Phytopathological and biochemical impacts of Trichoderma harzianum and certain plant resistance inducers on faba bean root rot disease
Egyptian Journal of Biological Pest Control volume 33, Article number: 63 (2023)
Faba bean attacked by soil-borne pathogens causing root rot disease. This disease has serious damage to both plant stand and produced yield. The present study aimed to evaluate effectiveness of the bioagents; Trichoderma harzianum and some plant resistance inducers as fungicide alternatives against root rot disease incidence at both pre- and post-emergence growth stages.
Under open greenhouse conditions, the incidence of faba bean root rot in pre- and post-emergence growth phases was considerably reduced by using six inorganic salts and five antioxidants individually or combining with each other or with the bio-stimulator T. harzianum that exceeded the used fungicide, Rhizolex-T. Application of enervit agitated the highest significant defensive impact during pre-emergence stage versus root rot incidence (5.0%), followed by calcium sulfate and [cysteine + T. harzianum] (6.7%). At post-emergence stage, majority of the treatments completely suppressed (100.0%) root rot incidence, except vitamax plus and the fungicide (Rizolex-T) which expressed by 91.7 and 18.8%, respectively. Duplicate irrigations of 23 treatments after faba bean dressing improved the synthesis of different protein contents with the 2nd of which enhanced higher protein contents than the 1st one, except [T. harzianum + vitamin E + vitamin C + enervit + selenium + vitamax plus], [T. harzianum + vitamax plus] and cysteine. Disodium phosphate induced the highest catalase (CAT) activity (1820.8 and 1677.2 U/g FWt) after both irrigations. [T. harzianum + vitamax plus] and vitamin E induced the highest peroxidase (POD) activity 217.4 and 356.9 U/g FWt after 1st and 2nd irrigations, respectively. Disodium phosphate and [T. harzianum + vitamin E + vitamin C + enervit + selenium + vitamax plus] induced the highest chitinase (CHIA) activity 52.8 and 54.4 U/g FWt after 1st and 2nd irrigations, respectively. Application of disodium phosphate, calcium sulfate, potassium metabisulfite, sodium sulfate, cysteine, [cysteine + potash alum], enervit, vitamin E, [vitamin E + vitamin C + enervit + selenium + vitamax plus], [T. harzianum + enervit], [T. harzianum + selenium], [T. harzianum + vitamin E], [T. harzianum + vitamin E + vitamin C + enervit + selenium + vitamax plus] and vitamin C stimulated the formation of new protein bands on SDS-PAGE after the 2nd irrigation treatment.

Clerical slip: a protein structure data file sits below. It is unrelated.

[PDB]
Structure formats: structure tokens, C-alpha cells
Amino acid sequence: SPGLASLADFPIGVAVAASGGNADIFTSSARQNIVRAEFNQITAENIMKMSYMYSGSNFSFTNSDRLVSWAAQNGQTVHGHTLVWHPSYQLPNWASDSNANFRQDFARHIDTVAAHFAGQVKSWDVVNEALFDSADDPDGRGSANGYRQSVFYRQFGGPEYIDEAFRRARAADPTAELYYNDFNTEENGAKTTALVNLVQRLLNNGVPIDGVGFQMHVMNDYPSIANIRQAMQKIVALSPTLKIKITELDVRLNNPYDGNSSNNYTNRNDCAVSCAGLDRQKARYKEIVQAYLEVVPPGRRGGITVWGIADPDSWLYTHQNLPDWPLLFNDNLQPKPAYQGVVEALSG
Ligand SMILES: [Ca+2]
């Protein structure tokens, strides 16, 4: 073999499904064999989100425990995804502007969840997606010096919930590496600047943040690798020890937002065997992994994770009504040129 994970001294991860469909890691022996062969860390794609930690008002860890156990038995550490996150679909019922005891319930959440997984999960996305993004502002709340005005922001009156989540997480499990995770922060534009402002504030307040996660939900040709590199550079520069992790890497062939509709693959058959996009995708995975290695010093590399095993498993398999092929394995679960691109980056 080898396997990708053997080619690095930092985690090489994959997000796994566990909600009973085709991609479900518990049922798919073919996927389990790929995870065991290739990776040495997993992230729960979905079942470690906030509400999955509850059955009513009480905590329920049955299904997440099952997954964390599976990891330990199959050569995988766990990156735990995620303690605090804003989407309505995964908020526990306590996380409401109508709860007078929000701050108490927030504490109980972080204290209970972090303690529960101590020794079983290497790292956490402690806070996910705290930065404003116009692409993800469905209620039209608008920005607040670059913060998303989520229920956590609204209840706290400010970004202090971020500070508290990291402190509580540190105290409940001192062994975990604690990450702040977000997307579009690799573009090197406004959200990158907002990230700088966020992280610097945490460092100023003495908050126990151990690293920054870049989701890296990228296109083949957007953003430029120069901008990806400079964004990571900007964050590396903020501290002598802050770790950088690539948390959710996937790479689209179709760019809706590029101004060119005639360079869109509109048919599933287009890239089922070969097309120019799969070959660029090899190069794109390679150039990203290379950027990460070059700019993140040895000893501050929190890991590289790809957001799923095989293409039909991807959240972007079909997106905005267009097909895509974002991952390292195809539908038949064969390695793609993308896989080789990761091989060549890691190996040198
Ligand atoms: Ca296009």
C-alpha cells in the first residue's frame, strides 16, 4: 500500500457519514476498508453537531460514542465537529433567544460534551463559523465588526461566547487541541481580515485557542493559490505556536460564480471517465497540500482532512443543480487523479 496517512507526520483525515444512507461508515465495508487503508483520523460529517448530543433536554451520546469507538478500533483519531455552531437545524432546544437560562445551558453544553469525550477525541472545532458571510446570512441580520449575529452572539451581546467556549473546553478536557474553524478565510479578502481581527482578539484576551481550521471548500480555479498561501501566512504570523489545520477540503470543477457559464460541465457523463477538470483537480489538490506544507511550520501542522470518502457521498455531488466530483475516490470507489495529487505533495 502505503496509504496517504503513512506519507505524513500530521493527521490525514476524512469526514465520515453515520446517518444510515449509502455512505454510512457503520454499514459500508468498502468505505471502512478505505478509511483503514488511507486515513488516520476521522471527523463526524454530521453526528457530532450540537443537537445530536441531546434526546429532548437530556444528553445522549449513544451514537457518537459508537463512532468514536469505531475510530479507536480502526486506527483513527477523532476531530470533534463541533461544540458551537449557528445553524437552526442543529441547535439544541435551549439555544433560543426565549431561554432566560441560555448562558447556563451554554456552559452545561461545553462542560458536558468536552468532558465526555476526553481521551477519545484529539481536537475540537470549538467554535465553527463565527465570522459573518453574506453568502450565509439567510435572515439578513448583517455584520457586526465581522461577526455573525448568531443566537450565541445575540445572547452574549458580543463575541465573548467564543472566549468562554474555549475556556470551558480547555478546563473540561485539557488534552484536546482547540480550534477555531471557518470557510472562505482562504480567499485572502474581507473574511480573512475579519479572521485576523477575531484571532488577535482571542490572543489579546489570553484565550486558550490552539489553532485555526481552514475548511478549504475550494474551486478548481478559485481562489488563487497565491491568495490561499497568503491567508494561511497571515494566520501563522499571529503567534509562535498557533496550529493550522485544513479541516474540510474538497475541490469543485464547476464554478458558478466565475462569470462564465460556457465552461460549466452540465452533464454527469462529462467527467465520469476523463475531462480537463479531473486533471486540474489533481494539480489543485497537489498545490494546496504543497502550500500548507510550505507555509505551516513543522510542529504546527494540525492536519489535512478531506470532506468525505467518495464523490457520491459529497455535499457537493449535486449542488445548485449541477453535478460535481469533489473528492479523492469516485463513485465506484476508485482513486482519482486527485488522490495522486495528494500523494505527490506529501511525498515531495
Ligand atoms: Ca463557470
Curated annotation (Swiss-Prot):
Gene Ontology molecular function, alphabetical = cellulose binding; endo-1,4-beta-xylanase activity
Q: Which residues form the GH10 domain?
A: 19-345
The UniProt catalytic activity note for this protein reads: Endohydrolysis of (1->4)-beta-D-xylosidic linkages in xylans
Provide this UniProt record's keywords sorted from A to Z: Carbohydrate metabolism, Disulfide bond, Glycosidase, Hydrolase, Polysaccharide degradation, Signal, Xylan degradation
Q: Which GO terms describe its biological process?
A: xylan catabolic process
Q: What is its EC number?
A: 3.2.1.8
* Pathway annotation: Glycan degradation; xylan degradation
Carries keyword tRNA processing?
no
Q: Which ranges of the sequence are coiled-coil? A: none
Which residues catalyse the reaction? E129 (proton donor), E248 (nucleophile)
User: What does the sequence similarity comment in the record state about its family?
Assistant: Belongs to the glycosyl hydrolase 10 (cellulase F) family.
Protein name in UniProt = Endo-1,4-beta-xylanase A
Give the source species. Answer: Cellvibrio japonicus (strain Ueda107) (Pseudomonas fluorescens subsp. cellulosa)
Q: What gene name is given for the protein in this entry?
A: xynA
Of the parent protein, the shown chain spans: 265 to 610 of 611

Such treatments are considered good and environmentally safe alternatives against root diseases for getting rid of the negative effects of fungicides.
The root diseases cause acute deterioration to most agrarian crops through the various growth stages of plants leading to large losses of yield and quality. Vicia faba L. (faba bean) is an essential food and feed legume crop in the world, especially developing countries. Seeds of faba bean plant are rich in protein content, mineral nutrients and some bioactive compounds (Etemadi et al. 2019). The attack of diseases induced by soil-borne pathogens on cultivated crops is considered the major factor of plant stands and crop damages in various countries. Reason for the occurrence of the destructive root rot disease in faba bean plant is the fungi Sclerotium rolfsii, Fusarium solani and Rhizoctonia solani (Long et al. 2022). The disease of root rot takes place on the crops growing season from up growth over surface of the soil to seedling phase. It also can infect seeds leading to pre-emergence infection which necessitates replanting the missed hills or dead plants (El-Mougy et al. 2017). Due to the economic significance of faba bean crop in Egypt, it is produced for centuries and consecutively cultivated on the same lands which lead to high build-up of pathogen inocula and serious yield damages.